When it comes to the court reporter and certified legal video specialist (CLVS) working relationship, it’s all about understanding each other’s roles. While they’re each recording the legal proceeding, they are doing it in different ways. And if we’re being honest, court reporters need and appreciate the value a CLVS brings to the team; the ability to deliver high quality recordings doesn’t go unnoticed.
What is a Certified Legal Video Specialist (CLVS)?
A Certified Legal Video Specialist (CLVS) is a certified through the National Court Reporters Association in a process that involves a written test and production exam. This program sets the standard for legal video in terms of how to capture, use, and retain video. Like court reporters, legal videographers are part of legal proceedings and thus the official transcript, and are held to 62 standards that include:
- Lighting and sound requirements.
- Inquiry of requirements for visually recorded exhibits.
- Microphone set-up and use
- Communication with witnesses, attorneys, and others present at a legal proceeding regarding these standards.
By hiring a CLVS, legal teams are ensuring the highest quality in recording.
What’s the importance of a quality recording?
Quality recording is important to preserve witness testimony especially in case the witness dies or becomes incapacitated, leaves before the trial, or is otherwise unable to testify. A video deposition can save time and money.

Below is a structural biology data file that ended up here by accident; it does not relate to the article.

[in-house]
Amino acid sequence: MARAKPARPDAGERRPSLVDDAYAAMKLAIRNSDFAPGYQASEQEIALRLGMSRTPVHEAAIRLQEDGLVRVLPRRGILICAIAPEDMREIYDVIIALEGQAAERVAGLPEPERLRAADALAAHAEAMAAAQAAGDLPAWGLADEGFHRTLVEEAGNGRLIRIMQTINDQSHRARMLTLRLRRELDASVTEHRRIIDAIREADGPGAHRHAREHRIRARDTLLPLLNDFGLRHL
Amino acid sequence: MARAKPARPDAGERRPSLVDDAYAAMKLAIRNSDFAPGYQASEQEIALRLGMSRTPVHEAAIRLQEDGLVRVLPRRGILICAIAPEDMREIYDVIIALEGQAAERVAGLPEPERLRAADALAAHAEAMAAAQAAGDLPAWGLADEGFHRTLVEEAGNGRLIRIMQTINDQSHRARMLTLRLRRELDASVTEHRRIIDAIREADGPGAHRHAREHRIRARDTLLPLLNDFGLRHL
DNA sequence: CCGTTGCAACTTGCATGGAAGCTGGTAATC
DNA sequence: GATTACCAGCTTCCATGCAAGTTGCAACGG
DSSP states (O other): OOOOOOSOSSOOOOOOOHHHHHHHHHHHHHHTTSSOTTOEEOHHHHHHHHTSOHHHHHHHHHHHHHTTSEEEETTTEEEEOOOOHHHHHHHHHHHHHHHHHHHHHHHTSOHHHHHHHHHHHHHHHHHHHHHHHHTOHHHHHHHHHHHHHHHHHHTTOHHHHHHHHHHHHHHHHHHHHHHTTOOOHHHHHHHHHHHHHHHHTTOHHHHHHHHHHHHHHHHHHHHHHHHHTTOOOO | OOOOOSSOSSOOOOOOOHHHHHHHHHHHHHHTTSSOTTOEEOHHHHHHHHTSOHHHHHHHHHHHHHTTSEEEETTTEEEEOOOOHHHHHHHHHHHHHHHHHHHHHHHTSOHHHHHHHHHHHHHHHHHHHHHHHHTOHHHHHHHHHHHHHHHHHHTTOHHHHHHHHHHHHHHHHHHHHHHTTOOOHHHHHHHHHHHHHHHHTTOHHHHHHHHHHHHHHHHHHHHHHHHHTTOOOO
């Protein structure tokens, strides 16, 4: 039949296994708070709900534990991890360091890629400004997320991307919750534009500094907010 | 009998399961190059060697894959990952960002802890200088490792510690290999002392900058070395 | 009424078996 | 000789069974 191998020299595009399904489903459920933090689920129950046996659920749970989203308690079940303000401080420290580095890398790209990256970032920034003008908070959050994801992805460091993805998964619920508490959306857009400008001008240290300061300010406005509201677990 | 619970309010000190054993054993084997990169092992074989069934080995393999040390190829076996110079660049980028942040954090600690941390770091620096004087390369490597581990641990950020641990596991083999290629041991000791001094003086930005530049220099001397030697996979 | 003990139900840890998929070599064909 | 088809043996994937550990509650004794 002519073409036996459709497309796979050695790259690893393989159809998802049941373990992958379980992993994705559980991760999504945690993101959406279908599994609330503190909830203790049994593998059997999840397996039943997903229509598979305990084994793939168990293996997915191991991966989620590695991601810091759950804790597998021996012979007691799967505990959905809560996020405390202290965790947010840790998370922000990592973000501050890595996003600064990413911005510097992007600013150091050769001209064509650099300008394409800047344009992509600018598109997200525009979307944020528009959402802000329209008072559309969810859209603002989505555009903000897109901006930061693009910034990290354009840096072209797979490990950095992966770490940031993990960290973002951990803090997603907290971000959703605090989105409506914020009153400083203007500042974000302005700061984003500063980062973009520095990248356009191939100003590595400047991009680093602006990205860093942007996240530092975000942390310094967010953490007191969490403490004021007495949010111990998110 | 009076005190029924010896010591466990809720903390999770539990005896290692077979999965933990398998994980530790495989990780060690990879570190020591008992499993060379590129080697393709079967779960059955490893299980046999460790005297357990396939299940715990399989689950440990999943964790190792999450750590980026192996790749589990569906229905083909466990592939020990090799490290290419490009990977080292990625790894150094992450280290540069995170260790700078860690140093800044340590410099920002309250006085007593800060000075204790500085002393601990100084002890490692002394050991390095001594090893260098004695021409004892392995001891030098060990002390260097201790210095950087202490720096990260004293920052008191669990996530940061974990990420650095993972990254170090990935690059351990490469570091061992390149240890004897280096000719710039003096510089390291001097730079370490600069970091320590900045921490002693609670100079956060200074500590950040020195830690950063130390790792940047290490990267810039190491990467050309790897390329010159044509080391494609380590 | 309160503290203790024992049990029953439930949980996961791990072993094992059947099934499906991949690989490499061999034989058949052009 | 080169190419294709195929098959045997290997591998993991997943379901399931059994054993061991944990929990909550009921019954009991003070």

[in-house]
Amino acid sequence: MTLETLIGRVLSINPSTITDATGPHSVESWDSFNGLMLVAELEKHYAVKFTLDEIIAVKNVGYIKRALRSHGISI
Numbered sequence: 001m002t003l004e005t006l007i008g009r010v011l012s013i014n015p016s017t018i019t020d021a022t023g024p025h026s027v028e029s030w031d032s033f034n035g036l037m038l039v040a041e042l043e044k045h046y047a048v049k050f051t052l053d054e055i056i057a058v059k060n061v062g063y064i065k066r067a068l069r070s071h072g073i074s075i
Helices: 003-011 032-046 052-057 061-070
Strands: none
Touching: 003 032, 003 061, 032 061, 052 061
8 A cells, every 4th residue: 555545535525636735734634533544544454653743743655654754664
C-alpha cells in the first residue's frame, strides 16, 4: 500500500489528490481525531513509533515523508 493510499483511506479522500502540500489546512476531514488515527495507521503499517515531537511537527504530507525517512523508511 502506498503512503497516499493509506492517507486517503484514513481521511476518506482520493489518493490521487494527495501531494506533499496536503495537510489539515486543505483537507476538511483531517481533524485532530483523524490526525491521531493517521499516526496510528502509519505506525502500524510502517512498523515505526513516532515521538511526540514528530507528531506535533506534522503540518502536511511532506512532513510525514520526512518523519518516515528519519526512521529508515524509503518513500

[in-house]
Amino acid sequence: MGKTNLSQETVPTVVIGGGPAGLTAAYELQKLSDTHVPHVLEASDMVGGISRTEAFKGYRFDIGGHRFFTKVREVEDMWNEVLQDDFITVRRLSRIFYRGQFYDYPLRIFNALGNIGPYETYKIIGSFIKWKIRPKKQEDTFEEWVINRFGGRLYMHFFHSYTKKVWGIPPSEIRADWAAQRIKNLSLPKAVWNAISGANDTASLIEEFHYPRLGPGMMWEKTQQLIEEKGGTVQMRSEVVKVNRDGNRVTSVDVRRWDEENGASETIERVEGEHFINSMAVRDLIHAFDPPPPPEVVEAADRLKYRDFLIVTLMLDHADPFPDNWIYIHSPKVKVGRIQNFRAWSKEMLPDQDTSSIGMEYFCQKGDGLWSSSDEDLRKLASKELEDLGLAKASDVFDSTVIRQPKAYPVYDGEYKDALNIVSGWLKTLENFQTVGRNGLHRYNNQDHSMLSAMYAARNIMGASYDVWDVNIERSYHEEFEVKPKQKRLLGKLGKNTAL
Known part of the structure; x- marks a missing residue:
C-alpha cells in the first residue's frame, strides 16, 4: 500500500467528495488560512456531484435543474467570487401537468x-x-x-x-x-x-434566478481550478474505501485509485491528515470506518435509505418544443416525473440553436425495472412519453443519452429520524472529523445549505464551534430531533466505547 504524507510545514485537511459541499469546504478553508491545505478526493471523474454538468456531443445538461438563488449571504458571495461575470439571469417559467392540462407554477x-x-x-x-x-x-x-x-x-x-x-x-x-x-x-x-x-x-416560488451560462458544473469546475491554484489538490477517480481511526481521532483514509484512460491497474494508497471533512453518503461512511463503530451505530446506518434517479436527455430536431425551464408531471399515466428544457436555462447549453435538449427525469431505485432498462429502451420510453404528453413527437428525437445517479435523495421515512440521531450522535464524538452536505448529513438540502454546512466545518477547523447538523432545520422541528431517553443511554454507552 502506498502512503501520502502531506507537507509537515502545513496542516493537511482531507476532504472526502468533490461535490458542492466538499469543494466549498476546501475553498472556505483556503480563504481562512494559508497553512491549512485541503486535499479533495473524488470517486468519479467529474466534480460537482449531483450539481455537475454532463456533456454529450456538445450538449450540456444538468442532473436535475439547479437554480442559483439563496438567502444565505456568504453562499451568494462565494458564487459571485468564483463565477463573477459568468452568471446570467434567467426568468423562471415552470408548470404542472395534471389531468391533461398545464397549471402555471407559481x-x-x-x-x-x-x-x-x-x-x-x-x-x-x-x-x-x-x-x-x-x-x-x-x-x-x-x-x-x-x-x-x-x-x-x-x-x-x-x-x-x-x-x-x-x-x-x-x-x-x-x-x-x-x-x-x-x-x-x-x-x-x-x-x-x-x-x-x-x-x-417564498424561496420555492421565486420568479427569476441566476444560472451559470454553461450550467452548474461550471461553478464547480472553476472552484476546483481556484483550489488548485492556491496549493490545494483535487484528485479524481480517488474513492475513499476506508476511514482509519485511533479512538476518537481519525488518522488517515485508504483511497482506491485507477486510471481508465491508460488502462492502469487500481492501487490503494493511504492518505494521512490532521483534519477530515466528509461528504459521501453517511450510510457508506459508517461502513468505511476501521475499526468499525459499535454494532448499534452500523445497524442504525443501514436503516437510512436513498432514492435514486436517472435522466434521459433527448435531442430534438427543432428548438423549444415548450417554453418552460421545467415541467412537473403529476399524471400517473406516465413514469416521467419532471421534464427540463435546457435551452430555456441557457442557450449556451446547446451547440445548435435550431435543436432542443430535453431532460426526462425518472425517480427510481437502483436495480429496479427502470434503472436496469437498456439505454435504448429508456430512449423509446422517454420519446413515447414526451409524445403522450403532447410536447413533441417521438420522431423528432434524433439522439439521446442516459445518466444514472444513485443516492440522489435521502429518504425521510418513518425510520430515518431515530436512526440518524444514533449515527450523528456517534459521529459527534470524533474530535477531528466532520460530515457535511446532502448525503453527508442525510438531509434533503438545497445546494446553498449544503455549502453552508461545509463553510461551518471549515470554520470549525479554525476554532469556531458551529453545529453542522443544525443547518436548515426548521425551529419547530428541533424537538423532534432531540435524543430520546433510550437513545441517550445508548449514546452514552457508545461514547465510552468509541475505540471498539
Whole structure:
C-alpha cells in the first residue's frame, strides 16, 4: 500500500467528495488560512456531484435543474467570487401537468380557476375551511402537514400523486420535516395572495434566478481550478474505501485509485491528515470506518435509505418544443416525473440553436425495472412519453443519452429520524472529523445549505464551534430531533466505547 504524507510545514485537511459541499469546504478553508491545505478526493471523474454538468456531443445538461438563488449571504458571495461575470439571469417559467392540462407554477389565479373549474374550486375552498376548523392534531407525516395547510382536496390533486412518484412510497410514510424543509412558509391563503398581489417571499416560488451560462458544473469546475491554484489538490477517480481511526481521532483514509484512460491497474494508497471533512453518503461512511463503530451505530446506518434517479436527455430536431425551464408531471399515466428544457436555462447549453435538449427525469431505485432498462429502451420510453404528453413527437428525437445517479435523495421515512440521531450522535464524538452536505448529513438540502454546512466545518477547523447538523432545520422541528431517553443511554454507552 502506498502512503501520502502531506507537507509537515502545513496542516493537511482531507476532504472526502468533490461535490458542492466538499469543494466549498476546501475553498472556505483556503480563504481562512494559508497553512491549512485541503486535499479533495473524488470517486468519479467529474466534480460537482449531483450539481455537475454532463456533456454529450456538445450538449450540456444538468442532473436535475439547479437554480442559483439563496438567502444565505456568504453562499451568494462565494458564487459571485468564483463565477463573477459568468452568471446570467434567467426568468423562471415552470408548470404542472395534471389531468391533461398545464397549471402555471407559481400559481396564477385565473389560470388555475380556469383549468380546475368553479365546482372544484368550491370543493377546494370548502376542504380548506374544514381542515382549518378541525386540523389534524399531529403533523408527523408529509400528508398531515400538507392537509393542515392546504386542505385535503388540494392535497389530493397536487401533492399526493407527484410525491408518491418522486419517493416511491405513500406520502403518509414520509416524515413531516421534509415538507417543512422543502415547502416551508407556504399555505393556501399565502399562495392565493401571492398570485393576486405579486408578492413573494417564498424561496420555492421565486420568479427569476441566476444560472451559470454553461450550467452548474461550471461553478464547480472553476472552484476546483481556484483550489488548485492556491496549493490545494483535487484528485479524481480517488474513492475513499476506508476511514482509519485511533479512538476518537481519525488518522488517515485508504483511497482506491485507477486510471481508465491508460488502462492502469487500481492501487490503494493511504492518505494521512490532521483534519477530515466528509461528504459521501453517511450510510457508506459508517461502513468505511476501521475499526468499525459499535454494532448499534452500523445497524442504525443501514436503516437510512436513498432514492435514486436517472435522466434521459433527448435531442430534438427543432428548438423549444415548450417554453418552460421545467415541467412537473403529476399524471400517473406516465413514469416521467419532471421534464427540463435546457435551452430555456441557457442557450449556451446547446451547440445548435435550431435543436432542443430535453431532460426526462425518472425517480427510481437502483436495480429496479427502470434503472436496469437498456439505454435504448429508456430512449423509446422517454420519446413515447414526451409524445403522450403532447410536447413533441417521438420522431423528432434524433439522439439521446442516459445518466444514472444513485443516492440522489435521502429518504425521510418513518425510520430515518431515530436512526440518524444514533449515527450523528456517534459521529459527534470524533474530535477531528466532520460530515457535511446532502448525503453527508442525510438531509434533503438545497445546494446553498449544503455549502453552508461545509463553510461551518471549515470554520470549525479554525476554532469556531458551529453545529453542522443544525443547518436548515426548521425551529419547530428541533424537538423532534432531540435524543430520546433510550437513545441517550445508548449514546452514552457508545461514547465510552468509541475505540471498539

Not only that but it can be an important tool for the court reporter.
The CLVS role is to provide video to the legal team and an audio file should also be offered to the court reporter whether a live feed from the audio mixer or digital computer file. The CLVS certification teaches videographers the importance of what they call the audio chain. That means the audio that comes from wired microphones to the mixer to the video recording devices, then into headphones. Unfortunately, some legal videographers forget the importance of capturing good quality audio and are focused solely on video.
Court Reporter and CLVS Working Relationship
The reality is that the audio is as important, or more important, than the video, especially to the court reporter. Handing off a bad audio file to us, the court reporters, is akin to putting the television on but turning the volume so low we can hardly hear it. We appreciate high-quality live feed, especially when there is a soft-spoken witness, and understand the value of having a Certified Legal Video Specialist to adjust the audio signal through the mixer.
Not only that but for legal teams, it is often a compelling strategy to not only hear the deponent but to also see their face as they testify. Changes in pitch, rate of speech, and body language all play a part in how the opposing legal team and jury view the witness.
Videos with distracting or background noise and utilization of a non-certified videographer can negatively impact a court case. Don’t let that happen to you and your Oklahoma legal team when you call Steno Services for your next video deposition.